Humane Society director: ‘We’ve come a long way’
Shelter earned no-kill designation with community support
FRONT ROYAL – Five years and a number of changes have taken the Humane Society of Warren County far away from euthanizing 52 percent of its animals and having $315 to its name in 2011.
Lavenda Denney has served as executive director of the Humane Society since joining on in September 2011. Around that time, she said the shelter was euthanizing more than half the animals it was taking in.
“Marcy (Kennel Director Marcy Gallo) and I went and toured the Charlottesville SPCA that year, and we spoke to their director,” Denney said. “She was telling us all of these great things they were doing and how they had achieved no-kill status. And I just looked at her and I said, ‘We have $315.'”
They formed a connection with the shelter’s then-director Susanne Kogut, who is now executive director of the Petco Foundation. Denney said that foundation is the shelter’s largest national source of funding.
By 2012, she said 92 percent of shelter dogs were going home with new adoptive families. Now, Denney said the shelter boasts a 92 percent live release rate overall. No-kill shelters must rescue 90 percent of pets or more, providing for some terminally ill or extremely aggressive animals.
Denney said the board of directors started an 11-step strategic plan in 2014 with the aim of achieving no-kill status. Originally, she said the plan was expected to take around five years, but the shelter achieved the plan’s goals by the end of 2015.
Gallo said that she’s one of around six or seven people who have helped the shelter reach those goals since shifting gears in 2011.
“There was not a lot of direction,” Gallo said. “And animal sheltering as a whole has changed so much in the past 10 years, so we are lucky enough that we got involved when it’s transforming like this.”
Denney noted that the shelter is a much happier, financially healthier place, and a much safer place for the homeless animals of Warren County.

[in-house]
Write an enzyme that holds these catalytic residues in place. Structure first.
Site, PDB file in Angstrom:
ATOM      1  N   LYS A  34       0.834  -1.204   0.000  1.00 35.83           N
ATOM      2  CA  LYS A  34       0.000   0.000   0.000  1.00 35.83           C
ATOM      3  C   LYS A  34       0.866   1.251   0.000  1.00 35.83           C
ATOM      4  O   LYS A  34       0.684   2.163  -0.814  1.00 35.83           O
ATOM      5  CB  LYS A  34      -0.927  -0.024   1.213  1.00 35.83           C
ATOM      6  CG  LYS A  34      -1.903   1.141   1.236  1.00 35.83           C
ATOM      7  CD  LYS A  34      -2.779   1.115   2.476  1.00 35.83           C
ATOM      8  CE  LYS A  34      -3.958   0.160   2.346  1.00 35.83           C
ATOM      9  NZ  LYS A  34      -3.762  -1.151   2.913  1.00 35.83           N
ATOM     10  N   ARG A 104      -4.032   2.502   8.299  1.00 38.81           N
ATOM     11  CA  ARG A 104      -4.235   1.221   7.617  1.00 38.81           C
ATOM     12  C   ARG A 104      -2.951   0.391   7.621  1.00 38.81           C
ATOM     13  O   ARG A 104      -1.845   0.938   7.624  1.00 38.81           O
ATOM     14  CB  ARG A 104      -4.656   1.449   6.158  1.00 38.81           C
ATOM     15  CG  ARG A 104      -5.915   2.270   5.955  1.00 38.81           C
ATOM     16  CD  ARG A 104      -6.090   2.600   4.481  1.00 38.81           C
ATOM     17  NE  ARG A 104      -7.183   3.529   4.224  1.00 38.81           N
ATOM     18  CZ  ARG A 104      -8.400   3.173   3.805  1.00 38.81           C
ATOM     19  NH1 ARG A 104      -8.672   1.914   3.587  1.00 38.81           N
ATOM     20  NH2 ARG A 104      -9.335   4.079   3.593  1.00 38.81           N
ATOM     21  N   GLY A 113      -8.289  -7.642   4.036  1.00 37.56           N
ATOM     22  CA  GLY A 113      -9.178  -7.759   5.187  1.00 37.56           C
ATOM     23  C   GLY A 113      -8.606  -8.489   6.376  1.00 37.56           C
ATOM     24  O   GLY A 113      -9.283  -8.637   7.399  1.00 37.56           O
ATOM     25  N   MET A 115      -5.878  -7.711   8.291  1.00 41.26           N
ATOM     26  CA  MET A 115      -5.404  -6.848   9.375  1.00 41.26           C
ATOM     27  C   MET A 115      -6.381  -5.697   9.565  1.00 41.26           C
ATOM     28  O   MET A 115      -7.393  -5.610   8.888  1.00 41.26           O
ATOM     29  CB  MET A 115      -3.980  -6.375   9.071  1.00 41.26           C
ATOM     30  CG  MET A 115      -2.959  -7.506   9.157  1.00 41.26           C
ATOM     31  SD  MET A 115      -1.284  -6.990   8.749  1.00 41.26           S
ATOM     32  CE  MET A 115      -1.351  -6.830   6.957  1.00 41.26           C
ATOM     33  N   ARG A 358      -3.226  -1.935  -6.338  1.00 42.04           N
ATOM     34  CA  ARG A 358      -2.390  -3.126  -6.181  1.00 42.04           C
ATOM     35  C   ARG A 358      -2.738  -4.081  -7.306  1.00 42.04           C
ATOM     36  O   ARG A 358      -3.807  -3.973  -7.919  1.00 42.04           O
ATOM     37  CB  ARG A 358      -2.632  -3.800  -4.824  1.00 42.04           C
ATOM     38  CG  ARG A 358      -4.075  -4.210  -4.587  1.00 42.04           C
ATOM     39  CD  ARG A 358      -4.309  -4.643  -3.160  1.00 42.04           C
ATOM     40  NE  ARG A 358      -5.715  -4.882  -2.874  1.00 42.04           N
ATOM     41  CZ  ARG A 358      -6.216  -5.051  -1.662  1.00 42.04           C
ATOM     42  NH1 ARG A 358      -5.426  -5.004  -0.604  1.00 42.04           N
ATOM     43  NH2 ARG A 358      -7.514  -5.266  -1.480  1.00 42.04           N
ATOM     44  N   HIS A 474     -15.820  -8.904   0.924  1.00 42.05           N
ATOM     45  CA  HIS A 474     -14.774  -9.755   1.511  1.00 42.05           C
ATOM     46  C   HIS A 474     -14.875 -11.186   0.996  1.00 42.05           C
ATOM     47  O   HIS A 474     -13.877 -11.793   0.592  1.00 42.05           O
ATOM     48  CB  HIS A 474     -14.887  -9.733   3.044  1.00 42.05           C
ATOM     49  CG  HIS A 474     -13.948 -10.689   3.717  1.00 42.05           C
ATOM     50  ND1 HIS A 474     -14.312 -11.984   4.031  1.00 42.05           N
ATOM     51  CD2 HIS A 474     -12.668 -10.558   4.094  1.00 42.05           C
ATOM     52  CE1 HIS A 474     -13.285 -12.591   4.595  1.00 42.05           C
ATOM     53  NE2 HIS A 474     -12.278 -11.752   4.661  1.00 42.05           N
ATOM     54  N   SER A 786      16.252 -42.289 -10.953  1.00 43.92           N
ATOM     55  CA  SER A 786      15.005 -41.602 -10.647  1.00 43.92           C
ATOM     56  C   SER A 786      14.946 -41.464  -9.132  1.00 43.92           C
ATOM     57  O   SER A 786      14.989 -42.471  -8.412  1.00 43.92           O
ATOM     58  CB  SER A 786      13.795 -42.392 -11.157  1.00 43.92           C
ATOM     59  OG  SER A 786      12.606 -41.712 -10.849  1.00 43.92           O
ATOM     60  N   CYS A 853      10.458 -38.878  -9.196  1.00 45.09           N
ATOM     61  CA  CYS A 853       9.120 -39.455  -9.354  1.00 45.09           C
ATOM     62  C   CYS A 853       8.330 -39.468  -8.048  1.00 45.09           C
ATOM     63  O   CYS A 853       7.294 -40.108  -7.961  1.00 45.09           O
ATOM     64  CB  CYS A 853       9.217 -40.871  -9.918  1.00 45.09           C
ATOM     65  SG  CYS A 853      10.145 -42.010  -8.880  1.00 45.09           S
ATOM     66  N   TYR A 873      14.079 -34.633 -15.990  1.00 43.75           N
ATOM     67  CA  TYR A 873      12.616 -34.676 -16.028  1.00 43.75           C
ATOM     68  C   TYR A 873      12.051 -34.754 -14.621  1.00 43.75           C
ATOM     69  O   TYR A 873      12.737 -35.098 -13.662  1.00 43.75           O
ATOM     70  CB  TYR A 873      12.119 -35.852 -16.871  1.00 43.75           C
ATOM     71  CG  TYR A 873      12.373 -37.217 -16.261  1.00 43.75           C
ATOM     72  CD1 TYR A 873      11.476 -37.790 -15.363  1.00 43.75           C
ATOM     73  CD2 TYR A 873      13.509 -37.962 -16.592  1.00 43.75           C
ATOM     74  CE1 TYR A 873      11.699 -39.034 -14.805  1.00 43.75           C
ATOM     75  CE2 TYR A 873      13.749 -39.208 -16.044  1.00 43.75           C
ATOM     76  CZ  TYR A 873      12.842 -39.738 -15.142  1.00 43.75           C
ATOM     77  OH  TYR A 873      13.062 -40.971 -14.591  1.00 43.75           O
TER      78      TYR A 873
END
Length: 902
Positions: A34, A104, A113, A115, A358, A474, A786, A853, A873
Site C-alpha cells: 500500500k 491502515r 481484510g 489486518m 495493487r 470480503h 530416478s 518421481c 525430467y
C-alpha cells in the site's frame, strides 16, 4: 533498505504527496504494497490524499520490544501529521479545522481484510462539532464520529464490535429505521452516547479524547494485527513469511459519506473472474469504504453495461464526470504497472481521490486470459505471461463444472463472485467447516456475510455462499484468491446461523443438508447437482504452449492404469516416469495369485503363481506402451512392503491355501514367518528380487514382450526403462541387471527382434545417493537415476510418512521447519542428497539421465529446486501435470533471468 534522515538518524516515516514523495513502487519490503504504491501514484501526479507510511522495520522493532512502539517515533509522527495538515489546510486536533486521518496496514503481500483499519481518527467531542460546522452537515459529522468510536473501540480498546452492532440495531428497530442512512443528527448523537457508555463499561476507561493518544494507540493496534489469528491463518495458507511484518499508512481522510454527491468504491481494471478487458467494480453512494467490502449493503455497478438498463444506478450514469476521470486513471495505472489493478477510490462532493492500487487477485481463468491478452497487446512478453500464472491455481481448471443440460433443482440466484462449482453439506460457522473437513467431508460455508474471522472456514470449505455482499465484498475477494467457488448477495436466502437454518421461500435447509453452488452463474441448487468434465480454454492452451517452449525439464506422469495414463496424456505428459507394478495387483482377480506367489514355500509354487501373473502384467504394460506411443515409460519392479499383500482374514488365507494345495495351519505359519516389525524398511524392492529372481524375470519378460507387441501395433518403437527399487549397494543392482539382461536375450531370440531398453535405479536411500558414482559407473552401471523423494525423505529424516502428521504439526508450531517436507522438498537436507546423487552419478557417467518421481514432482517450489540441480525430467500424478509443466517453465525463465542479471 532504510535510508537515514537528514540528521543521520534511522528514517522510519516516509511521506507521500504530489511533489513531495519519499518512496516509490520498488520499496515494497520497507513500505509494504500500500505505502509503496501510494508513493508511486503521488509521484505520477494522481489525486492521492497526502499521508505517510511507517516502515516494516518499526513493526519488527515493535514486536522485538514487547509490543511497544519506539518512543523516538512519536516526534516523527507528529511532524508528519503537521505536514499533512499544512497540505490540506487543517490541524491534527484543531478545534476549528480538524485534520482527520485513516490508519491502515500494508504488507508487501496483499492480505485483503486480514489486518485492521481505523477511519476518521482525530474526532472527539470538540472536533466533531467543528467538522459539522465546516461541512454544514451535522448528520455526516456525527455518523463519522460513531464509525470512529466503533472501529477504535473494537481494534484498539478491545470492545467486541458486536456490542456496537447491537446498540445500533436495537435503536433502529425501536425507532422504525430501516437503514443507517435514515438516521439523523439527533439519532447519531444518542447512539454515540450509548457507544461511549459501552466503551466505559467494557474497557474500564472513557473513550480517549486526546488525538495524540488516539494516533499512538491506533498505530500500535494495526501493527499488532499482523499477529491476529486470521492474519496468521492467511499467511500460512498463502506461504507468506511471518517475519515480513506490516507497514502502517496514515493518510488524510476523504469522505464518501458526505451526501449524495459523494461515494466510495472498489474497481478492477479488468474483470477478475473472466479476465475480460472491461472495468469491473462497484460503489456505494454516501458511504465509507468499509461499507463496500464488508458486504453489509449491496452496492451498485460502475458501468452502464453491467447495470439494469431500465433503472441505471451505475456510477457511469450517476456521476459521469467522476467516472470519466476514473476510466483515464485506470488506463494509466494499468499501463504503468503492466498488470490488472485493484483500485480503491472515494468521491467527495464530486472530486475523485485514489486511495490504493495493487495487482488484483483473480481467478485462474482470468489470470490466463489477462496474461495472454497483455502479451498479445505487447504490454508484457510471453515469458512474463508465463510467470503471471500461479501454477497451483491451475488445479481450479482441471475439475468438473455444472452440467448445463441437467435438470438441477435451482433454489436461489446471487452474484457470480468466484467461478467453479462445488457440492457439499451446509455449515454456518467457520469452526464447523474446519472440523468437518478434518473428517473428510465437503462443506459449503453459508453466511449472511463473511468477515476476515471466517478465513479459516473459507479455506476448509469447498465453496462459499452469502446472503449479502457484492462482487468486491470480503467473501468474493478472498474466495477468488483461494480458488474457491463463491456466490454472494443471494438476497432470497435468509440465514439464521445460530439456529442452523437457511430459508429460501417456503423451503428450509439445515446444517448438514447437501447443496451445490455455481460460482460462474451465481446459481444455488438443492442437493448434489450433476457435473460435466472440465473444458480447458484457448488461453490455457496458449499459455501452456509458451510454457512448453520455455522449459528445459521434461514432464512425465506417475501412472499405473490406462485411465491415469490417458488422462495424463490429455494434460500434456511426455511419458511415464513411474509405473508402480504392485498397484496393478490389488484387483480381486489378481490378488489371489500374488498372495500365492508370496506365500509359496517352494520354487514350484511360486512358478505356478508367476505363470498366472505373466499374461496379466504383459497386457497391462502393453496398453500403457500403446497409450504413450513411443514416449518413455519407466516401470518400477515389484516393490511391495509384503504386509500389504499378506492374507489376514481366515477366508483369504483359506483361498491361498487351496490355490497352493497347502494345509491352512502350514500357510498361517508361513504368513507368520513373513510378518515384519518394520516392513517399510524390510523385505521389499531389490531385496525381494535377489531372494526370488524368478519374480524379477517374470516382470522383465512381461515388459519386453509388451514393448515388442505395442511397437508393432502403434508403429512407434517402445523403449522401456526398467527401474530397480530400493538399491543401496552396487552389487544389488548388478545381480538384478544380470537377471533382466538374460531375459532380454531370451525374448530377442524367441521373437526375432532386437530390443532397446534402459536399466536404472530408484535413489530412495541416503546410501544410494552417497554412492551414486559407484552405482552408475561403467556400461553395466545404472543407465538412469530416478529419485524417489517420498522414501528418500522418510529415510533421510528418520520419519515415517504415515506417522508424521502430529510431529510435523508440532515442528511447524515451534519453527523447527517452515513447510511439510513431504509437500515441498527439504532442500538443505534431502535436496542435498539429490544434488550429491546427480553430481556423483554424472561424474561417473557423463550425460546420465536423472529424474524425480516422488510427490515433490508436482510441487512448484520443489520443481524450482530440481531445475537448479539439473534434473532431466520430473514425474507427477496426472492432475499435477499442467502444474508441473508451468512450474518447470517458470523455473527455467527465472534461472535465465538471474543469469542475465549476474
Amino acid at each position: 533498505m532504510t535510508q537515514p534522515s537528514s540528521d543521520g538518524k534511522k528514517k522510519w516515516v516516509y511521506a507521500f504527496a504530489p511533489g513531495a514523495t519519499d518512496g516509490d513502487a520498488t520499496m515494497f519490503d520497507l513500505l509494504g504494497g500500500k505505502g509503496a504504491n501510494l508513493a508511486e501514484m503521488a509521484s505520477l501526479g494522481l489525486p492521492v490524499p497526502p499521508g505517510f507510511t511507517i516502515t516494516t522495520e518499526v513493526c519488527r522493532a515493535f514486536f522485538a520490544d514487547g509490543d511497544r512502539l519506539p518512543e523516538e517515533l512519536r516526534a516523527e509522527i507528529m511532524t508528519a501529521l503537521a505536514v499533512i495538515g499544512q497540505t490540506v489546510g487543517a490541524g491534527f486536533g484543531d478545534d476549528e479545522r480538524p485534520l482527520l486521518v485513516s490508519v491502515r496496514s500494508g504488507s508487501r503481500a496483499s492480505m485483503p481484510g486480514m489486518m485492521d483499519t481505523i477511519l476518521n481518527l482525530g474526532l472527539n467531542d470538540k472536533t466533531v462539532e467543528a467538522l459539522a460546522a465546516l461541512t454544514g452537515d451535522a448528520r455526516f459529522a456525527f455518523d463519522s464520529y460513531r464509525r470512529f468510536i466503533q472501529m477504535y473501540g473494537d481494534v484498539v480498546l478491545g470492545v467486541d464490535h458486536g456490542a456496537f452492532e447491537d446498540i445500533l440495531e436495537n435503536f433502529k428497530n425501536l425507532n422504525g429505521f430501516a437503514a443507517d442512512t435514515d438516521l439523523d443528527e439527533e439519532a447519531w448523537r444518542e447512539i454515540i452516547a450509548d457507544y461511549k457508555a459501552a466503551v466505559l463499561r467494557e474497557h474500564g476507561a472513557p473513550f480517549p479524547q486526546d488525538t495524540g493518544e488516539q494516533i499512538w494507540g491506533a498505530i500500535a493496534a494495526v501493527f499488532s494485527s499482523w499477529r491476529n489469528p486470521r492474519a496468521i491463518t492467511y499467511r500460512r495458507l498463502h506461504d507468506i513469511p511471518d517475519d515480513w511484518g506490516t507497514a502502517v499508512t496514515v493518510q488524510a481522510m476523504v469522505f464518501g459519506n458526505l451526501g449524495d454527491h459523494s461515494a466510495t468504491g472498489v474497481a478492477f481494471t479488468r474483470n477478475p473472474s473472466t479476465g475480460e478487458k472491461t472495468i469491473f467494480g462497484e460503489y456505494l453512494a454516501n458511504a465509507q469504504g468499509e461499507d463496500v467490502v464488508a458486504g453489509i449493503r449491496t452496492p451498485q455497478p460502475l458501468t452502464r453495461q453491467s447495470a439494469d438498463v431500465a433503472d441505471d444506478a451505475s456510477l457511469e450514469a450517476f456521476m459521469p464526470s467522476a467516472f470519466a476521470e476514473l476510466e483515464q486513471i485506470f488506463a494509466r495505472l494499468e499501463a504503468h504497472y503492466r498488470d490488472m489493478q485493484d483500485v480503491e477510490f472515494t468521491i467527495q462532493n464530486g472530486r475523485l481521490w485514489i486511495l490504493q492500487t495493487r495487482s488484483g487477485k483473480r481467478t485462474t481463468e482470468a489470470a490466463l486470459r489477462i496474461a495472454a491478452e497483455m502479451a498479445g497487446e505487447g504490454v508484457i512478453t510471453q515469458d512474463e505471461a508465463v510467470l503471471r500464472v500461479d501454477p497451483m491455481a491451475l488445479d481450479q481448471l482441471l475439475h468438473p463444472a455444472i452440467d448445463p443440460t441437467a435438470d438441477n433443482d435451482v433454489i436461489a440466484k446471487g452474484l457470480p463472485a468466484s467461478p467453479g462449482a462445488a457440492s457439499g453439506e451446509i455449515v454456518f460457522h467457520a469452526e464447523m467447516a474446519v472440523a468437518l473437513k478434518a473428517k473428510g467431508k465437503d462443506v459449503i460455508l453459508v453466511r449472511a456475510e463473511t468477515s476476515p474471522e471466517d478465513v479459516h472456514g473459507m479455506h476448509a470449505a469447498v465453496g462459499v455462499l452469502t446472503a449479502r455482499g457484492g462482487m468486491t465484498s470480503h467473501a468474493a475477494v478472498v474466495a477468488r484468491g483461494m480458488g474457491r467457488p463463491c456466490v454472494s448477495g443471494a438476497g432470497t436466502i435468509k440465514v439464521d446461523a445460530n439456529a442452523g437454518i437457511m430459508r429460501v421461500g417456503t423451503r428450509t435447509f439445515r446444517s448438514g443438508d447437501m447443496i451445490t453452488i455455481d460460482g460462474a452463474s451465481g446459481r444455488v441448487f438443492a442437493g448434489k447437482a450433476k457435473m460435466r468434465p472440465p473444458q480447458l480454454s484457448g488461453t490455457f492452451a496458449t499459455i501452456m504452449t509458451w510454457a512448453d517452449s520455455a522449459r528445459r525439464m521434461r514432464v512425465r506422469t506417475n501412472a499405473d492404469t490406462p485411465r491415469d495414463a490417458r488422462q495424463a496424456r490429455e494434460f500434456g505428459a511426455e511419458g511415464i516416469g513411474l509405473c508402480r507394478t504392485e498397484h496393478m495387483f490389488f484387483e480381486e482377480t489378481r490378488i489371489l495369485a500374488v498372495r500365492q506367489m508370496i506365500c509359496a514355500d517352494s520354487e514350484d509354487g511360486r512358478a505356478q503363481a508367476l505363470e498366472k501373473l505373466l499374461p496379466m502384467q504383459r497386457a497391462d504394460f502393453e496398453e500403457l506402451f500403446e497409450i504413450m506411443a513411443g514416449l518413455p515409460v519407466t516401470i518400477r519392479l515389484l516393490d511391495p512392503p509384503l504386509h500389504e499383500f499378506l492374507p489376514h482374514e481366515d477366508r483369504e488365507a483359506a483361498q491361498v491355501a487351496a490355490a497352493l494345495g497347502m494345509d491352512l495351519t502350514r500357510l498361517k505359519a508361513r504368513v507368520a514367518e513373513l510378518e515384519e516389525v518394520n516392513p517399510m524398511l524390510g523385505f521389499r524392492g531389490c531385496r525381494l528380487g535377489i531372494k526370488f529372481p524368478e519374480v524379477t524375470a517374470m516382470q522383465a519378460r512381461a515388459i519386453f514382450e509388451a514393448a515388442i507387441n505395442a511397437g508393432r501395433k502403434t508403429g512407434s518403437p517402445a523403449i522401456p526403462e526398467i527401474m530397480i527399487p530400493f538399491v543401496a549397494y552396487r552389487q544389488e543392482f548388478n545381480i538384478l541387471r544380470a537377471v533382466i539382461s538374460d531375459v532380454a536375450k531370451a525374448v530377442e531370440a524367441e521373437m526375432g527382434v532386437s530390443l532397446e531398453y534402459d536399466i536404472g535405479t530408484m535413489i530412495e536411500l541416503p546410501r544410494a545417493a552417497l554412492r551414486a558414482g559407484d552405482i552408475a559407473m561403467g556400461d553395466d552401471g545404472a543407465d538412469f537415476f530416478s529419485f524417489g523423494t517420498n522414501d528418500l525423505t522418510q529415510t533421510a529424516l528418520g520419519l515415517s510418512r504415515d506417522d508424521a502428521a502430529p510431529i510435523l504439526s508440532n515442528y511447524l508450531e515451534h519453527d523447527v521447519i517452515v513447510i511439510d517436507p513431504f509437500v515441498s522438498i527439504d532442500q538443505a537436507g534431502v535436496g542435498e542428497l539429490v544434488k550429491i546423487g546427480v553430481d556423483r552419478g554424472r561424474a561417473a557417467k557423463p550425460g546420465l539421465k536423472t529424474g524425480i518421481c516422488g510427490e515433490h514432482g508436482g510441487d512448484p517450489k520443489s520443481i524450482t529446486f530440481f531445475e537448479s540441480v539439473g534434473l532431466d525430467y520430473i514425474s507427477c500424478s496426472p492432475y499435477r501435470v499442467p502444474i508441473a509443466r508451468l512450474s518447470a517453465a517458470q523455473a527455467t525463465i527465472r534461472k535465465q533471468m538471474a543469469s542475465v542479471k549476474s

“We have very little staff turnover anymore, we’re able to invest in staff development,” she said.
Gallo said kennel attendants now have access to more training to learn about dog behavioral issues. Not only are they able to directly inform future owners, she said the attendants have begun addressing those problems while the animals are still at the shelter. With cats, she said attendants have been learning more about stressors that can cause feline health issues.
Denney said that partnerships with grantors have linked the shelter with different specials and promotional materials.
“We did all of our own in the beginning when we weren’t getting any grants, but having these national partnerships is huge,” she said. “It’s really our partnerships with the national grantors that allow us to do really great adoption specials at this point.”
The shelter has started a Hand in Paw program to assist owners who are considering surrendering their pets because of financial issues or other complications. Denney said that program has kept 108 pets from entering the shelter as surrenders this past January and February.
“Maybe it was a vet bill that they couldn’t afford, they needed a trainer…temporary boarding because they were going to be homeless for a time…it’s really open, we can help people in any way they need,” she said.
Another program she said the shelter has started recently is Trap-Neuter-Return, which neuters and re-releases feral cats that might’ve otherwise faced euthanasia at the shelter.
Denney said Hand in Paw and Trap-Neuter-Return are both “huge projects” that will be ongoing with the shelter and will help reduce intake. For animals that are already at the shelter, she said around 50 foster families in a growing program allow them to live in a caring home for periods of time. Gallo said an appointment system that provides owners with advice before they surrender their pet has also helped reduce intake. Posting pictures of rescued pets on social media has also helped owners reclaim their lost loved ones from the shelter.
Gallo said a wider shift in vision and perception of animal shelters has helped with the Humane Society’s successes – in the past, she said many people would think of a shelter as a home for “broken” animals.
“Getting away from that thought process and hiring people with fresh ideas is really what made the biggest change,” she said.
Alongside donations, the shelter receives contracted funding through the Warren County Board of Supervisors that Denney called “instrumental.” She said the board has increased the contract by $90,000 annually and that it hadn’t been renegotiated in a long time.
“It does cost more to save them than it does to kill them, and I think we’ve been honest with everybody about that,” she said. “And the community, when they saw that we wanted to do the right thing, just really stepped up.”
She said the shelter received its first award from the Front Royal Chamber of Commerce in 2013 as Nonprofit of the Year. Last week, the shelter received the Chamber’s 2016 Community Impact Award.
“I can’t think of many people in this small community that aren’t involved with us in some way,” she said.
Contact staff writer Rachel Mahoney at 540-465-5137 ext. 164, or email@example.com
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